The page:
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Kapparot ceremony central to observance across Jewish cultures

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For Canadian families, the ancient tradition of swinging a chicken overhead for kapparot was long ago replaced by using small change wrapped in a handkerchief, to be given to charity. (Photo: upc-online.org)

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Jews from different countries have customs for Yom Kippur for which we are unfamiliar. A Syrian custom is for people before Neilah to approach the ark and kiss the scrolls and beg forgiveness for any laws they may have broken during the year. 

Afghanistani Jews ate as many as seven meals during the day before Yom Kippur including fish in the morning. They also performed the kapparot ceremony with a hen for females and a cock for males. They were also superstitious about the lights kindled at home and in synagogue—one for departed relatives and other for the living. 

Husbands of barren women would bring a bowl of rose water to the men conducting the services in which they would wash their hands. At the end of the fast, the women would drink the rose water. 

Moroccan Jews also perform the kapparot ceremony and eat a lot of food before the fast. They also remain in synagogue all night and recite psalms. Their women also do not come to synagogue until the end of the fast when they come to hear the shofar blown. 

The Bene Israel of India observe the Day of Atonement by staying in their homes with the doors closed and locked, avoiding all contact with gentiles. They fast, dressed in white robes and viewed it as the final day of judgment. Gradually, they changed, influenced by the Iraqi Jews who lived in India and began to attend synagogue but rather than take public transport, they would pay a private car so they would not have contact with gentiles.  

They also observe a day of festivity, almsgiving and entertainment after the Day of Atonement. Turkish Jews invite poor people to the pre-fast meal.  On Yom Kippur day, the shamash pours rose water or tobacco on the hands of the worshipers. 

An acquaintance of mine in Israel of European background said she recalled someone bringing brown tobacco for men to smell if they felt faint and white tobacco with mint added for the women. If these did not help, someone also brought bottles of ammonia to smell.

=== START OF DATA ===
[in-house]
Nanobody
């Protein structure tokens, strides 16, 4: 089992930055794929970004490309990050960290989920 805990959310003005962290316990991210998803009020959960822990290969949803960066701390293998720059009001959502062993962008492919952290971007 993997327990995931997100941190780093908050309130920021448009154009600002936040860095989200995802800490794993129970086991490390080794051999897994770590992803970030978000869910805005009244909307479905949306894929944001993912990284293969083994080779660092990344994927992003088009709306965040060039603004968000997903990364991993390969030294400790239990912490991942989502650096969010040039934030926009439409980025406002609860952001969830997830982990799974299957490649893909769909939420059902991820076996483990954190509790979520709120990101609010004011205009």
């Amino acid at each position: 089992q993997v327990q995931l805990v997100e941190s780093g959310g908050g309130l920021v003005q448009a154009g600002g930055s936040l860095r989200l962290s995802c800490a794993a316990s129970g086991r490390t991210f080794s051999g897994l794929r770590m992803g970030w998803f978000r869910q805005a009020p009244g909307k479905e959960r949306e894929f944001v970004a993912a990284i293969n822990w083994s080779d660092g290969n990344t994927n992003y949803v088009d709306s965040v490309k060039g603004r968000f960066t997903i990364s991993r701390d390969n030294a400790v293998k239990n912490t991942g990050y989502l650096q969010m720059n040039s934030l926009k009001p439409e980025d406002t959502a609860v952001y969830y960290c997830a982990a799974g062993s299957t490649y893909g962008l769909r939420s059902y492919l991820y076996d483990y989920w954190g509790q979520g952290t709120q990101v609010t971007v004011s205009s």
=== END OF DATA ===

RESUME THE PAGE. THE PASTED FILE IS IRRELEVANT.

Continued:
While food is generally not associated with Yom Kippur, tradition holds that it is a mitzvah to eat a pre-fast meal which is a feast, and that it should be in contrast to the day of fasting and genuine repentance that is to come. It is customary to eat two festive meals—one in the morning or early afternoon and the other before the fast. Fish should be eaten at the first meal according to a midrash. One sage said dairy should be at the first meal but the reasoning has never been satisfactory for this, so one can have meat even for the first meal. 

The Talmud says: “If a man eats and drinks on the ninth of Tishri [erev Yom Kippur], it is as if he 

fasted on both the ninth and tenth day.” In other words, fasting on erev Yom Kippur has a double significance. 

Challah for the pre-fast meal is often baked in various symbolic shapes–round to symbolize a full year; with a ladder made of dough on top for the prayers to ascend to heaven; and with wings of dough, because on Yom Kippur people are like angels, recounting their sins and asking forgiveness. 

Traditionally, poultry is served by both Ashkenazic and Sephardic Jews, probably because the chicken was used from the kapparot ceremony. In this ceremony, among some Orthodox people, a chicken for a woman and a rooster for a man is waved around one’s head while prayers are recited, so the sins are transferred to the fowl. Then the fowl is slaughtered and given to charity or used to make the pre-fast chicken soup. The reason everyone ate chicken and chicken soup was because one is supposed to give the chicken to a poor person and since everyone was poor, the chickens used from one’s family’s ceremony were passed to another family! 

Giving charity has replaced this ceremony by many people, especially those who feel this goes against compassion for animals. Money is placed in a handkerchief and swung around the head of the person three times while reciting a modified saying. 

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In her book, Traditions, Sonia Levy writes that Jews of Zimbabwe (formerly Rhodesia) slaughtered one chicken in the name of each member of the family, two nights before the fast. 

The traditional food served before the fast there is chicken stewed in tomatoes, potatoes, celery, and vermicelli; fruit and Turkish coffee.